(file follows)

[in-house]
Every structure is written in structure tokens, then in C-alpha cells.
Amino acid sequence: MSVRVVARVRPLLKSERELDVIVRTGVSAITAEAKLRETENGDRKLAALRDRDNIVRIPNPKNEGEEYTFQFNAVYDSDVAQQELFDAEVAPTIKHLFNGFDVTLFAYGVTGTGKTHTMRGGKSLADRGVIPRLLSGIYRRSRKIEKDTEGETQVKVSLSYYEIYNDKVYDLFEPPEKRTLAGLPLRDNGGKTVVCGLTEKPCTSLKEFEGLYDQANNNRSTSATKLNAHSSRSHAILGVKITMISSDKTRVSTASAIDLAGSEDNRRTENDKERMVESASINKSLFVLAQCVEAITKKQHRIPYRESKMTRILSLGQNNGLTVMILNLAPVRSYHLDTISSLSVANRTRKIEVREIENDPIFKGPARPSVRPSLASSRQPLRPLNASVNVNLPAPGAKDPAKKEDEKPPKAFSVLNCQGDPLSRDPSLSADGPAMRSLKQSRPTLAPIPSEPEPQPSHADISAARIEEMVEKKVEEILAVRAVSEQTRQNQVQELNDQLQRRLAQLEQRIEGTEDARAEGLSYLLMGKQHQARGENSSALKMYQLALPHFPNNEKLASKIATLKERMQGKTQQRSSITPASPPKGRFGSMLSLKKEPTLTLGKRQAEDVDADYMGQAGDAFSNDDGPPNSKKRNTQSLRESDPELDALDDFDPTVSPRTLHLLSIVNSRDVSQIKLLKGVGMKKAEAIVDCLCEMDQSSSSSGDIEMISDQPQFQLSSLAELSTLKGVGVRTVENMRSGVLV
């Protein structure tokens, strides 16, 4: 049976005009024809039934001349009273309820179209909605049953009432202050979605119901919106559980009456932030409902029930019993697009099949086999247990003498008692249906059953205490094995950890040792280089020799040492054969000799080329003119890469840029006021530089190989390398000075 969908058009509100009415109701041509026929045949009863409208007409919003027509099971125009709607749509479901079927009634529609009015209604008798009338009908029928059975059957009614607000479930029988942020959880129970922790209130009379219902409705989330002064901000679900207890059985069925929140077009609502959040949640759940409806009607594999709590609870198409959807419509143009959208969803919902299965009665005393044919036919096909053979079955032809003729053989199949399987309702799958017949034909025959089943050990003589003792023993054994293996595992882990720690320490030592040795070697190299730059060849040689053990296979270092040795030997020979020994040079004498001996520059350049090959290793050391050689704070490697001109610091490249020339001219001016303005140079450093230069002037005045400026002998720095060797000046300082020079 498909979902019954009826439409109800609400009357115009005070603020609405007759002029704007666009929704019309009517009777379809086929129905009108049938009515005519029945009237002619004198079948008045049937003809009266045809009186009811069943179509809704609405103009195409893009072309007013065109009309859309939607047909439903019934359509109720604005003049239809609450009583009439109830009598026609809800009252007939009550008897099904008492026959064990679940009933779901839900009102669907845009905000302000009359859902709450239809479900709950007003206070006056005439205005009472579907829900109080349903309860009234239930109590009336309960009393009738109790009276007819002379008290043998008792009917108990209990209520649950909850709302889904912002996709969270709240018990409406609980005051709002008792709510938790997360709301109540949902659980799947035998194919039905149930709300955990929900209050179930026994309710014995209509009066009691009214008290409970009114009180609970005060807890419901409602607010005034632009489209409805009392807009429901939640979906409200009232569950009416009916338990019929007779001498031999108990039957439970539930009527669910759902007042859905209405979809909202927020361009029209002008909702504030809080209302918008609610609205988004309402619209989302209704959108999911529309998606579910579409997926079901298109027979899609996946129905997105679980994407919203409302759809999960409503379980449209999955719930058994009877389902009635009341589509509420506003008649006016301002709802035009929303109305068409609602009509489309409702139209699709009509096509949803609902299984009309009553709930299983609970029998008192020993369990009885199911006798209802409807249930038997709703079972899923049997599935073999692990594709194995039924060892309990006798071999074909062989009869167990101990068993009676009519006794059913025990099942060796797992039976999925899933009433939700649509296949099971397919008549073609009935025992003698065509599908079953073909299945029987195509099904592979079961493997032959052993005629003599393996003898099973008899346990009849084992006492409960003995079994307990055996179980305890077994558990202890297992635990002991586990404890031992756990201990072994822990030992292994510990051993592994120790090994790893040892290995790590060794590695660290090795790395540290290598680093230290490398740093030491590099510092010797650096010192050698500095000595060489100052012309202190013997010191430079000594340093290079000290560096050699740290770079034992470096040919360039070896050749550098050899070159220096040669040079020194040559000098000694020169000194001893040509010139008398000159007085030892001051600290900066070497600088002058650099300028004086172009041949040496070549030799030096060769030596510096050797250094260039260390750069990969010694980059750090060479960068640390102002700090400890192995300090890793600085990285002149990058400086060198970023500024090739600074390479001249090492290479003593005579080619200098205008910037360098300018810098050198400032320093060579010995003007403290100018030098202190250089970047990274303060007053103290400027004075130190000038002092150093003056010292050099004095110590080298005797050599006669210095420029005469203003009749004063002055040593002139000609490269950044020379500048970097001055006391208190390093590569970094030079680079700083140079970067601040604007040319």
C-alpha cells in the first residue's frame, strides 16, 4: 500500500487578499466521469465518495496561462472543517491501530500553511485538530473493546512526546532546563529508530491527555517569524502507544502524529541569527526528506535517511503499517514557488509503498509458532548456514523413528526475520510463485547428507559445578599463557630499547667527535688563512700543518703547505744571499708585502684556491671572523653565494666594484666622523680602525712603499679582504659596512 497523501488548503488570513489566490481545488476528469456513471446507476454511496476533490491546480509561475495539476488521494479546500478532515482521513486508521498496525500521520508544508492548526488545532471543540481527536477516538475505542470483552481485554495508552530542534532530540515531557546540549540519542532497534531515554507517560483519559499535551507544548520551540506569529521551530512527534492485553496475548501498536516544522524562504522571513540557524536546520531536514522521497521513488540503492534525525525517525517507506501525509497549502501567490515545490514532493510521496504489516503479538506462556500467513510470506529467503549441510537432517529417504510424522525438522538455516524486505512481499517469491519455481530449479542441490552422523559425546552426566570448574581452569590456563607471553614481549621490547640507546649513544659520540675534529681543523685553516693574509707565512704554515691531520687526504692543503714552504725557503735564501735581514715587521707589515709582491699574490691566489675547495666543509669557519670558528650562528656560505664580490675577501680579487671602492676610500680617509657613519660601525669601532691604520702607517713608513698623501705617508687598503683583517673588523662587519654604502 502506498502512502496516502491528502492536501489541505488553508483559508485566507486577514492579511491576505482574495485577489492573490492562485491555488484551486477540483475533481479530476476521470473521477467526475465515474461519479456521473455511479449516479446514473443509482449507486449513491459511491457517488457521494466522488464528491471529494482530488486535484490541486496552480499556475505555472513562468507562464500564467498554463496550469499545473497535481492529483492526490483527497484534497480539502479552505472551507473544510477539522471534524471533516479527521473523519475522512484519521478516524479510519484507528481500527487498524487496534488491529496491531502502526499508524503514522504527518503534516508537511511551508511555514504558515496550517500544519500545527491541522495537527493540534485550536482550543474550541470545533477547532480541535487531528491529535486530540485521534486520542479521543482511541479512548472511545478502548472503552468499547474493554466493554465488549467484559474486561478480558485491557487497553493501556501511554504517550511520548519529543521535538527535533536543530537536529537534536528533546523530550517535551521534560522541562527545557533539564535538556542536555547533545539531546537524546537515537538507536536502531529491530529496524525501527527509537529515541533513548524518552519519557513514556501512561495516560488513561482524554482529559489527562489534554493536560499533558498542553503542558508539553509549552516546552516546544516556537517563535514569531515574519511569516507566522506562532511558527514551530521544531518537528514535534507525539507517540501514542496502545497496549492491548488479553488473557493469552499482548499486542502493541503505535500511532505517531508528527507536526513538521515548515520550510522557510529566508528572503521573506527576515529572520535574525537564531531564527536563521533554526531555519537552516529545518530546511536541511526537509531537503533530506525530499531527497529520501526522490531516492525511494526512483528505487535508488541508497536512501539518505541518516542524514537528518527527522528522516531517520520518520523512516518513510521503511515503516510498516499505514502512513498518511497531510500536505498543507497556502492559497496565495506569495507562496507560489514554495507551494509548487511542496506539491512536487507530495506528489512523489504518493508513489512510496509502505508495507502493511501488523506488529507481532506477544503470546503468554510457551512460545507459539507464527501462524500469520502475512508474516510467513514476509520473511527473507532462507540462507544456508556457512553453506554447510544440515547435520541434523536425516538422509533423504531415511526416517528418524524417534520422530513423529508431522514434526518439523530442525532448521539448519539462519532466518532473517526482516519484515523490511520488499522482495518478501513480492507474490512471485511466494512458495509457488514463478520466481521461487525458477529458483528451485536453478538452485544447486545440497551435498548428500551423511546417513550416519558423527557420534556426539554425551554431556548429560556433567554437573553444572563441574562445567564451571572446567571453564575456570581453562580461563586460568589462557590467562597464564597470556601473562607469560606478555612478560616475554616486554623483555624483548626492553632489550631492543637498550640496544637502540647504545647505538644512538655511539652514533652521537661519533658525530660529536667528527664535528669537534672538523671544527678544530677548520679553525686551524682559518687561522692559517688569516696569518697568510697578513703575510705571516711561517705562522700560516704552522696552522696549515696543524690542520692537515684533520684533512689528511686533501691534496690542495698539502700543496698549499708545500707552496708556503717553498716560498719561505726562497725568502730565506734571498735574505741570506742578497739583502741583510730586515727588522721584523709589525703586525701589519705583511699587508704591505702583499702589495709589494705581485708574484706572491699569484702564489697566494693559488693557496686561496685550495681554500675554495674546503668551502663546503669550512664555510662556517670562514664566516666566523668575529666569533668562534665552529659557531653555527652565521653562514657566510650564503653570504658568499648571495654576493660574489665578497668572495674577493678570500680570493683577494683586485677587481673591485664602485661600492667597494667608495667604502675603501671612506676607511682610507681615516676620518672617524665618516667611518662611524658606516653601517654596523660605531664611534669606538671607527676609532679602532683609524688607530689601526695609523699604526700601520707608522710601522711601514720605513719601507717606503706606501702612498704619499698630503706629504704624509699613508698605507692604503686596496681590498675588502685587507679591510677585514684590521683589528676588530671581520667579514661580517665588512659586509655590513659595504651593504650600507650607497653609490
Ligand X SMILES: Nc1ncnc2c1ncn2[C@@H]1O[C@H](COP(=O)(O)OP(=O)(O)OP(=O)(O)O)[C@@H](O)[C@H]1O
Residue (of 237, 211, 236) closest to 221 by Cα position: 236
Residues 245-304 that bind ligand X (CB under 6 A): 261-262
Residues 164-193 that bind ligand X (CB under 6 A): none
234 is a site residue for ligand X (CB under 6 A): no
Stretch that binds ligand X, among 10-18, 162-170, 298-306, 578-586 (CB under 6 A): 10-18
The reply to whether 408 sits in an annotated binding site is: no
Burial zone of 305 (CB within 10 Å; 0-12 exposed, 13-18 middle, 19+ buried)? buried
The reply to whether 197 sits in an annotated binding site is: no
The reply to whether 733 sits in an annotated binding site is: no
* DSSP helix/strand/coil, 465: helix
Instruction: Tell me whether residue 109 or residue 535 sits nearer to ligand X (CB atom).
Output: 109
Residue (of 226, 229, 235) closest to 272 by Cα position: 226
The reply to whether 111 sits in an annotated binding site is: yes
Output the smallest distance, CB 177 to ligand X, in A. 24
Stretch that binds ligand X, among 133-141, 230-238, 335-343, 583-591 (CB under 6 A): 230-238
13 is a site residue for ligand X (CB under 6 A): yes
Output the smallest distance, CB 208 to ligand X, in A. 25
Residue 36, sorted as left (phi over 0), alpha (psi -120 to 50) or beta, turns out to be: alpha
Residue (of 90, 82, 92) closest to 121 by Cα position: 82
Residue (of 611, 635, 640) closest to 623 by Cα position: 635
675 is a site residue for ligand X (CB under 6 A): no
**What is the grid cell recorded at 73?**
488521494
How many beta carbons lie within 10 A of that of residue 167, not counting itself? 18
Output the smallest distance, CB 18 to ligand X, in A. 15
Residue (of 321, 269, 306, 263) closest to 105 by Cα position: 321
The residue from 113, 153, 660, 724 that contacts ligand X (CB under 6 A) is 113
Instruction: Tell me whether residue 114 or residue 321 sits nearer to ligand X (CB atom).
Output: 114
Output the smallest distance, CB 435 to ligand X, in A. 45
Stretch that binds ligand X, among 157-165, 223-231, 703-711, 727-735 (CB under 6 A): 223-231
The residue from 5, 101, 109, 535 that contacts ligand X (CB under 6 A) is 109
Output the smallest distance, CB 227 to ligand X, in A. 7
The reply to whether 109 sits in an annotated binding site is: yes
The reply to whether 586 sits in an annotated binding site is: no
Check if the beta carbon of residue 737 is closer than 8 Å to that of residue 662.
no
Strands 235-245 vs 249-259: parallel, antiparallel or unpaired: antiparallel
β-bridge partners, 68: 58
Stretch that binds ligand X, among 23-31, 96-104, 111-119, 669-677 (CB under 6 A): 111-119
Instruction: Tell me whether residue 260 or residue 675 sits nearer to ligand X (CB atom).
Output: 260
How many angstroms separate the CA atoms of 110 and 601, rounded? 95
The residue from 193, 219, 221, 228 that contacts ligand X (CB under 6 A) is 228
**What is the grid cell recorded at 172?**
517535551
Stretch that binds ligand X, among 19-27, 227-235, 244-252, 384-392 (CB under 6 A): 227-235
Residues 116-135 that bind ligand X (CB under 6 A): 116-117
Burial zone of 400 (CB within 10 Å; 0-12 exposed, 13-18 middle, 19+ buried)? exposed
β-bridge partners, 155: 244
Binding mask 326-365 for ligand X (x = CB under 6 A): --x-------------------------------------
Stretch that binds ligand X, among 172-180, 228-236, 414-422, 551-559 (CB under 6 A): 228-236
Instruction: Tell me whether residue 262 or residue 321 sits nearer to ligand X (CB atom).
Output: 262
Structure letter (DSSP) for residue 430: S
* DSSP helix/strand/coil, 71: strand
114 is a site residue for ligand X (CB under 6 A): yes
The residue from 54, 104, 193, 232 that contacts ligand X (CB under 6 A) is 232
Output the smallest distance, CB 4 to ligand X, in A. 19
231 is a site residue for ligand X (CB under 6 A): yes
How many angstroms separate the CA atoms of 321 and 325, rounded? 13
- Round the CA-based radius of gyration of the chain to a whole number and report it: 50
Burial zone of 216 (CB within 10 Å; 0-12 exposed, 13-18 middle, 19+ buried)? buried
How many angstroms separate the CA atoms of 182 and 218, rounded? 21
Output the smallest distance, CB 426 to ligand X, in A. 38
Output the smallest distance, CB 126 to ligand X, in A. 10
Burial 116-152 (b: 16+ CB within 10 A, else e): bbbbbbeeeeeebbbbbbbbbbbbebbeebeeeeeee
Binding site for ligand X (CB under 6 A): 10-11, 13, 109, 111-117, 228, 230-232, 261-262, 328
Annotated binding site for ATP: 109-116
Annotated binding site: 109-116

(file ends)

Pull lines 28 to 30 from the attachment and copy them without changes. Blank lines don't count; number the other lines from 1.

675 is a site residue for ligand X (CB under 6 A): no
**What is the grid cell recorded at 73?**
488521494